Cable is now offering to provide a witness statement to support the press in court.
He says the documents are “of immense public interest” and argues that “at a time when banks are receiving massive support from Government, the public has a right” to see the documents.
According to Cable the scale of tax avoidance by banks has not been previously exposed because banks have been able to hide behind commercial confidentiality and threats of legal action to prevent their tax avoidance becoming known.
He is now calling for open discussion of the banks’ tax affairs.
He says: “Allowing independent tax professionals to examine these documents is vital to regulating the banks in a way that properly protects the UK taxpayer.”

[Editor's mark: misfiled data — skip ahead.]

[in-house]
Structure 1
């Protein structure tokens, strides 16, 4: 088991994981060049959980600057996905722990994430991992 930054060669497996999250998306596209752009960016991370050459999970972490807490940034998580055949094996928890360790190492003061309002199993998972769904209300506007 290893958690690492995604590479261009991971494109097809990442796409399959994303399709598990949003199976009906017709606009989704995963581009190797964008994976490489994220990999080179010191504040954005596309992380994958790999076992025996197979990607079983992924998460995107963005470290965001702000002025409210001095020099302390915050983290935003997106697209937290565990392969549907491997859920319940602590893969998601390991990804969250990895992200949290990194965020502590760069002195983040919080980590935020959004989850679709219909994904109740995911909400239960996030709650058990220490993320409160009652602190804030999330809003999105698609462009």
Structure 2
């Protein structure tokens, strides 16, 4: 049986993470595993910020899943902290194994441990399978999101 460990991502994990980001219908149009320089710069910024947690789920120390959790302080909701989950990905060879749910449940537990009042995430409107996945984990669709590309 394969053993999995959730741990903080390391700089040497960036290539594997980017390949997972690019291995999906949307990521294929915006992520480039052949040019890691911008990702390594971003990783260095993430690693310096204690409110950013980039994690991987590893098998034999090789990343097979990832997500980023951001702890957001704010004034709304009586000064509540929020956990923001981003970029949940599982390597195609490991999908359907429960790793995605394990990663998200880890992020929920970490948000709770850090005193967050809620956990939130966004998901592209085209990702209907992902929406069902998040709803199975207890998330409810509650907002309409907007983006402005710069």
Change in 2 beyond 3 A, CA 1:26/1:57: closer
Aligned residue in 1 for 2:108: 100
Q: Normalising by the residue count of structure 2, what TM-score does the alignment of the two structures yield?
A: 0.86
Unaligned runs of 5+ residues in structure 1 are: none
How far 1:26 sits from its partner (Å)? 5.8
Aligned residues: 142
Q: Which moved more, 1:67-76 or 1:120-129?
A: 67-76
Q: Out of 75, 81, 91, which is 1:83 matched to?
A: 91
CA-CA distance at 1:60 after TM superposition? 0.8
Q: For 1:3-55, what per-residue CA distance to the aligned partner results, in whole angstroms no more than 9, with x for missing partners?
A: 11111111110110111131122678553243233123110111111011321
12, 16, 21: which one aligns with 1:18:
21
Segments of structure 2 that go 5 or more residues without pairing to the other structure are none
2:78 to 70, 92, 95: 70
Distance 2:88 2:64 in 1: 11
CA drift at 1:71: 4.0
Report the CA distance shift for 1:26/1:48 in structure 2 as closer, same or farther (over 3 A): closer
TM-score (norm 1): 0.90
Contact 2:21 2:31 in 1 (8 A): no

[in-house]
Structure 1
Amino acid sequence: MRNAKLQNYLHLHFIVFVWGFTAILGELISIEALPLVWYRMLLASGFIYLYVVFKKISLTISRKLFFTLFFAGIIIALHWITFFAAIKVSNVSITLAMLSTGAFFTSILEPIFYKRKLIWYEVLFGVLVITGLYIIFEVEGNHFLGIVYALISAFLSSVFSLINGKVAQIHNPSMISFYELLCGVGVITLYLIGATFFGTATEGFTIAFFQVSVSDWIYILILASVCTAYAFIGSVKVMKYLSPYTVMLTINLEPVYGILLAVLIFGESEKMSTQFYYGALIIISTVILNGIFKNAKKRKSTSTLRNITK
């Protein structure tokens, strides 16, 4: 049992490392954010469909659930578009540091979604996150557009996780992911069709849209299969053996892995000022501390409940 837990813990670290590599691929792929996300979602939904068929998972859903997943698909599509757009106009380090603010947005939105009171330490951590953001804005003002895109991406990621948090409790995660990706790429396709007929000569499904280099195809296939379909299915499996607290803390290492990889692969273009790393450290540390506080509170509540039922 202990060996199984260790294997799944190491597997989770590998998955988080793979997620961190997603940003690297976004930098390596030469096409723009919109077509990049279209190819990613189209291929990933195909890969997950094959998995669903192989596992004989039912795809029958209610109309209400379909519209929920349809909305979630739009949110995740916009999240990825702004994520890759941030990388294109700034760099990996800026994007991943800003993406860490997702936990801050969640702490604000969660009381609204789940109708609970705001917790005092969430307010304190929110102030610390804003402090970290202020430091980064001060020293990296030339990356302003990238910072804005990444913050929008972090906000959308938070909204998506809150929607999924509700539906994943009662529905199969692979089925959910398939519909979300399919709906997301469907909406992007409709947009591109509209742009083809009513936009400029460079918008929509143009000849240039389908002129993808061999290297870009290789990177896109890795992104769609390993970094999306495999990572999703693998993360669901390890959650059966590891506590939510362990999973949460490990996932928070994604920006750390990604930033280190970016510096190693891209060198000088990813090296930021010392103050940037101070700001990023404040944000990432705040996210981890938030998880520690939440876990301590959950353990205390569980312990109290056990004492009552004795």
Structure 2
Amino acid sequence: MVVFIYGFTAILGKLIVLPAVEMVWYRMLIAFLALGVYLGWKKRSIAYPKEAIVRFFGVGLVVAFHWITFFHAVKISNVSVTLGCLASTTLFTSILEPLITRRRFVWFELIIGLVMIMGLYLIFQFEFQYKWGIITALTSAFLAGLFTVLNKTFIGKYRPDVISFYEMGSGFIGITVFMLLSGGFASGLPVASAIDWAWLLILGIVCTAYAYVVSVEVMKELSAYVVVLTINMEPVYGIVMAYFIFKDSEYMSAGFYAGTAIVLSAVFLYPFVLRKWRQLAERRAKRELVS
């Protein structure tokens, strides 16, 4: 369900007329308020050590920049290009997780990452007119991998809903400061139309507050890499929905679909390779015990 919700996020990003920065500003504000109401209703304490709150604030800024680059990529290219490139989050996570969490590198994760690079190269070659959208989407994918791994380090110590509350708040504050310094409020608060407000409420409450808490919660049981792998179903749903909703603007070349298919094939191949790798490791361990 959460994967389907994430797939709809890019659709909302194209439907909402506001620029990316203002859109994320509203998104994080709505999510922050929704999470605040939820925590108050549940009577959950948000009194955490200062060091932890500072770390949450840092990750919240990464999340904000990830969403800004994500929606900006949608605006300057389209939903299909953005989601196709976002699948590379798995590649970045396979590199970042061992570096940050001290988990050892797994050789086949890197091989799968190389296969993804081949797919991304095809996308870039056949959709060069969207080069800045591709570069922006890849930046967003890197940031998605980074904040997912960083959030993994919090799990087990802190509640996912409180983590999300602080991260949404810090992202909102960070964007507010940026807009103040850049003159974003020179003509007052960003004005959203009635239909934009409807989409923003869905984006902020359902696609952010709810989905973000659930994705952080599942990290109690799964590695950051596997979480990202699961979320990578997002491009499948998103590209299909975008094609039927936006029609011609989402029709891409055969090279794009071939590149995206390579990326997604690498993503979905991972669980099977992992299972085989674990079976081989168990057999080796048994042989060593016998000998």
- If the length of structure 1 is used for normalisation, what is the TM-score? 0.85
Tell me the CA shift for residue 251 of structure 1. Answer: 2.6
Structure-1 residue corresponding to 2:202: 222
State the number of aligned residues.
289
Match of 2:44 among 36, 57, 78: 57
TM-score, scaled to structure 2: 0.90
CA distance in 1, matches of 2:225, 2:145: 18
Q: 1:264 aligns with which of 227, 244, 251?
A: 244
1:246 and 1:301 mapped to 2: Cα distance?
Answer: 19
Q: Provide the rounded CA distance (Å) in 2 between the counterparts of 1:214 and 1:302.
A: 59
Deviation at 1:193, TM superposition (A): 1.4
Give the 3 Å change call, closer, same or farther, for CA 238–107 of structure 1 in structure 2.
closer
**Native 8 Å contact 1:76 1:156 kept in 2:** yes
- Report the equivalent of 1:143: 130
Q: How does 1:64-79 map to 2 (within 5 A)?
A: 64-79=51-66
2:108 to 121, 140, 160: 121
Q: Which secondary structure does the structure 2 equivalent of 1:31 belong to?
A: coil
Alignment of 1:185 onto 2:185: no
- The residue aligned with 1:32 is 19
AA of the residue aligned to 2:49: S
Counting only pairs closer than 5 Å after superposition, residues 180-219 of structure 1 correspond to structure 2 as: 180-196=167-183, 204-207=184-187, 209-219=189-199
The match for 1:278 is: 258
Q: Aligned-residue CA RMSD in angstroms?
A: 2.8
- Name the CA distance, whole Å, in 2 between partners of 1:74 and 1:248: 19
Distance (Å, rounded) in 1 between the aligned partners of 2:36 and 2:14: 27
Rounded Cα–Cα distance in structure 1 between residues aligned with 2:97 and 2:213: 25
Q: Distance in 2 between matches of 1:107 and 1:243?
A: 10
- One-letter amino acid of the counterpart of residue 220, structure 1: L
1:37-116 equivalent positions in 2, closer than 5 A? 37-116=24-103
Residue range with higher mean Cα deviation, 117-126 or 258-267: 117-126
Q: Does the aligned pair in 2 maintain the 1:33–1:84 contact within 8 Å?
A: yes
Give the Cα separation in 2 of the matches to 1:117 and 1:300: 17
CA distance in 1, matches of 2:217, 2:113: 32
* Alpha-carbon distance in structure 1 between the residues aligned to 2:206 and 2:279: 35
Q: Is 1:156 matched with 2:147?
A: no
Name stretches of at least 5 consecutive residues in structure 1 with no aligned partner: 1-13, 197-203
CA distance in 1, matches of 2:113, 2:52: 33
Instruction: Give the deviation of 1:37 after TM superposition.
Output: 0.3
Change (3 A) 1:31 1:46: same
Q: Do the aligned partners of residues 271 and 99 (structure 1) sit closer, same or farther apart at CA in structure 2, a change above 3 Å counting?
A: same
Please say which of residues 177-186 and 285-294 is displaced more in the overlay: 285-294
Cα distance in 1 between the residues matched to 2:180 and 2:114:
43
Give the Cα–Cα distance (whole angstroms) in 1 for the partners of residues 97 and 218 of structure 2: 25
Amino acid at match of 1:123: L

However, a Barclays spokesman says Barclays is one of the UK’s largest taxpayers, paying just under £10bn in direct, indirect and payroll taxes in the UK. Globally it paid £10.4bn in taxes in the last two years.
The spokesman says: “Barclays does not encourage or condone tax evasion. We comply with taxation laws in the UK and the other countries in which we operate.
“Why we have taking this injunction is because the documents are confidential, commercially sensitive and Barclays’ property. No organisation can tolerate theft of its property that’s why we sort this injunction.”
Liberal Democrat leader Nick Clegg will later today meet with Barclays group chief executive officer John Varley, where he will discuss a number of issues including tax avoidance.